How One Shot Can Change Television: A Look at HBO’s True Detective
HBO is responsible for some of the greatest television programs of the past couple decades. With The Sopranos and The Wire standing out among others, the network has clearly established itself as a heavyweight and continues to show off it’s powerhouse status. There has been much written on it’s newest venture into drams with the star-studded crime drama True Detective, in which Matthew McConaughey’s Rust Cohle defies the laws of mustaches while downing beers and Woody Harrelson’s Martin Hart figures out ways to screw up his family life.
The way the series is put together is a somewhat new, as the formula is one that follows American Horror Story in the anthology style. That is, the 8 episodes for this particular season will tell a full story, and then the next season will be a completely separate story with completely different characters.
This strategy allows the show to obtain bigger stars than what one would normally see land on the television platform (heck, it doesn’t get much bigger than McConaughey at this point of his career), due to a limited commitment.
While this is a bold experiment for American Television, the anthology approach isn’t necessarily why this program is changing the perception of television. As noted, American Horror Story has already taken the approach, so the fact that the audience will get an entire story told to them throughout the first season of True Detective isn’t really the special thing about the show.
Television in general has slowly been becoming accepted as an art form comparable to films and has been working towards becoming a more respectable medium and has taken some big steps. One could probably start with HBO’s Oz as a jumping off point if one were to look into what has been considered the “Golden Age” of television to many. In television critic Andy Sepinwall’s book The Revolution was Televised, he highlights many of the shows that have strived for higher quality (The Shield, Lost, Breaking Bad among others) and a balance between stand-alone episodes and serialization.
True Detective is the show that has the potential to finally push television over the edge to finally be accepted as an equal to film (and possibly superior if the film industry continues to move in it’s current direction). In regards to the form of the content being presented, American television has not had a program with such fluidity and onscreen presence as creator Nic Pizzolatto has provided his audience.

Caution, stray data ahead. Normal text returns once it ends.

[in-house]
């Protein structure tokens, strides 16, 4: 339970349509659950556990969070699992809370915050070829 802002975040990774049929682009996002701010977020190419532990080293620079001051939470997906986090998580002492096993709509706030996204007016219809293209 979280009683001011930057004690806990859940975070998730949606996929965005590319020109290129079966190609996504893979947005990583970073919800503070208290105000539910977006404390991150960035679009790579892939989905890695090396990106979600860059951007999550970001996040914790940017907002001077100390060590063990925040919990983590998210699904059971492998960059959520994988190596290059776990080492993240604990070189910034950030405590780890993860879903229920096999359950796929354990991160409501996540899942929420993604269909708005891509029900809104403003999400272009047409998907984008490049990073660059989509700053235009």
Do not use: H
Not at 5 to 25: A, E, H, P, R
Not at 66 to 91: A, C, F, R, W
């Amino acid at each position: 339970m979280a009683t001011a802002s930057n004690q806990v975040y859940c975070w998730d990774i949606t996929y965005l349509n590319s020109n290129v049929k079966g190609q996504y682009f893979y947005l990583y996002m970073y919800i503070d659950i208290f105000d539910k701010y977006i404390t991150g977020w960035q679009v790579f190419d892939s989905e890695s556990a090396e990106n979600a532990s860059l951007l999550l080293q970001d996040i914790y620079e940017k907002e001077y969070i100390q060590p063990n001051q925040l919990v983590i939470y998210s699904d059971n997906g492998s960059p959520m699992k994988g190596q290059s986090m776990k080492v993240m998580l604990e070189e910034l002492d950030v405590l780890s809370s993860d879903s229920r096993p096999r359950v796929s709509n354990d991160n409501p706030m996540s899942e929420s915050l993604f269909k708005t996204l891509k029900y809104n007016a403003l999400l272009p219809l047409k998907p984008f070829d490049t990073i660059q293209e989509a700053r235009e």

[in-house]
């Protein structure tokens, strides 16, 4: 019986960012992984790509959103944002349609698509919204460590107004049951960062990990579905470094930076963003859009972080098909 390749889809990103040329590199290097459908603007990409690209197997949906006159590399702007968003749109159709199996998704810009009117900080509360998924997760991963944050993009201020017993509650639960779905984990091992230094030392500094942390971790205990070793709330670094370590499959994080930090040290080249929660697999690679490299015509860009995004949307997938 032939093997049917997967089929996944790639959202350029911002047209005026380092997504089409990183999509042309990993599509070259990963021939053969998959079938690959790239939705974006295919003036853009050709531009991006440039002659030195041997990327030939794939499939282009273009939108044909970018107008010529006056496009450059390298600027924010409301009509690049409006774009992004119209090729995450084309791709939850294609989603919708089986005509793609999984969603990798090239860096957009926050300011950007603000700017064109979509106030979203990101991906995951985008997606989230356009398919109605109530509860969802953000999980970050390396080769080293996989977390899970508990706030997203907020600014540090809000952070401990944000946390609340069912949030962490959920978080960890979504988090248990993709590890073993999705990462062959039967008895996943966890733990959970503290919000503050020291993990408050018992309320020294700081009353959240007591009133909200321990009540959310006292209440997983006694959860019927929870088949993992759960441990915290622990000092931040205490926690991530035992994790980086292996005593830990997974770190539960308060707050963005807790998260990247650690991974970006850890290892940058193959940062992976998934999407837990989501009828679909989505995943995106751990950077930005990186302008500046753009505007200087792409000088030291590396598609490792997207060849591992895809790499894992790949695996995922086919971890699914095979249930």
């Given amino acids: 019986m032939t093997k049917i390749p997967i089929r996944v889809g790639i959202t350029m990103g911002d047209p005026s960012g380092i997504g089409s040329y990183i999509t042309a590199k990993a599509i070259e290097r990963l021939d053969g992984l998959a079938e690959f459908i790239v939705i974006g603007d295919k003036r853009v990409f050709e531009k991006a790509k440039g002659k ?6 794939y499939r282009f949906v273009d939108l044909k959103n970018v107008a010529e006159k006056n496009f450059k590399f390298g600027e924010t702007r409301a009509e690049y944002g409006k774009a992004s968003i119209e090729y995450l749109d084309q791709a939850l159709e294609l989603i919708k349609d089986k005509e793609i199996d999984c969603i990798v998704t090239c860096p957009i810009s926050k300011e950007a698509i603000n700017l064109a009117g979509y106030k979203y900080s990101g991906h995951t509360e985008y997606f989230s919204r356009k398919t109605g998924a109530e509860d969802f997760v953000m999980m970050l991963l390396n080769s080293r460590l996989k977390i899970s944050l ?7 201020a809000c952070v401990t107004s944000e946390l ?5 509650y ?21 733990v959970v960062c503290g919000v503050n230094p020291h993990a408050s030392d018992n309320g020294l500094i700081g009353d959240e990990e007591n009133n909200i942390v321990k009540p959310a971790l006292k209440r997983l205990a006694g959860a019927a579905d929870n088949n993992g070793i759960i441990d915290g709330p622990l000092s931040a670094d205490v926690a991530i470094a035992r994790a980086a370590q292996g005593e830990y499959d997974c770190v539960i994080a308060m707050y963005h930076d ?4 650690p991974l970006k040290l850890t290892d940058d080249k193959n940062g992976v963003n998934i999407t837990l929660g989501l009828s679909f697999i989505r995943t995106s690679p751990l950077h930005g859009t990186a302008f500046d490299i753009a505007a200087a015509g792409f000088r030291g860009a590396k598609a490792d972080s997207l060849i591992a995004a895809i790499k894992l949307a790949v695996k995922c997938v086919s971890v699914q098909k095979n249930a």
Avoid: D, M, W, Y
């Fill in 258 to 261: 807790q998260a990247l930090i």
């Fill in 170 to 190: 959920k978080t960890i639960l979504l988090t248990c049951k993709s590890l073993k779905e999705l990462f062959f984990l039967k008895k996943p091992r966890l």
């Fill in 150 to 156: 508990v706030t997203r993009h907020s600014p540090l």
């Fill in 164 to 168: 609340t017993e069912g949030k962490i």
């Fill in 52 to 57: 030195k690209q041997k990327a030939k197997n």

The moment that changed everything with this particular program was the closing 6-minute tracking shot from the 4th episode of the season, in which Rust Cohle escaped a dangerous situation involving the robbery of a stash house. This scene was unlike anything this writer has ever seen on television, and scenes of this quality aren’t abundant in the cinema either.
Before getting into this scene some background may be necessary. Detective Rust Cohle is trying to locate a meth dealer by infiltrating the gang for which he is the sole supplier. In order to gain the gang’s trust, Rust goes undercover and agrees to aide some men in an attempt to rob a stash house. The following is how the events go down (In order to not repeat myself so much, keep in mind there is not one cut throughout this sequence):
Detective Cohle grabs a guard of the stash house from behind and proceeds to hold a gun to the enemy’s head. Rust Forcibly drags the guard to the door as the camera pans around to reveal the other robbery participants approaching the door. The camera moves back to focus on Cohle’s face just as he’s preparing to enter the stash house.
Holding his gun up, the detective moves into the home with his hostage in hand, forcing the other men in the home to drop their weapons and put their hands up. Rust quickly runs into the kitchen to prevent a woman from escaping and drags her back to the living room where the other hostages are located. As Cohle’s partners hold guns to the hostages, he proceeds to search the house. He reaches the end of the hallway and the camera, in front of him, pans around to reveal a young boy in a room watching TV. Cohle steps into the room and moves toward the window. He peaks through the blinds to check on the situation outside.
After taking the boy into the bathroom and instructing the young one to stay in the bathtub where it’s safe, Cohle leads the camera back through the living room and gives the audience a view of what is happening in the kitchen where an occupant of the house is revealing the hiding place for the stash, which also is a hiding place for a grenade.
As the Detective waits next to the wall between the kitchen and the living room, the camera moves back to the living room to show how the hostages are being treated. The audience is shown a woman being mistreated and some shadows are moving across the blinds from a source outside of the house. After a few seconds of waiting, a brick flies through the front window of the home. One of the hostages starts to yell at one of the gunmen, who promptly slaps the hostage to the ground, takes out a handgun, and shoots the hostage dead. The other gunman in the room breaks one of the front windows and fires a few shotgun rounds outside, presumably towards the brick throwers.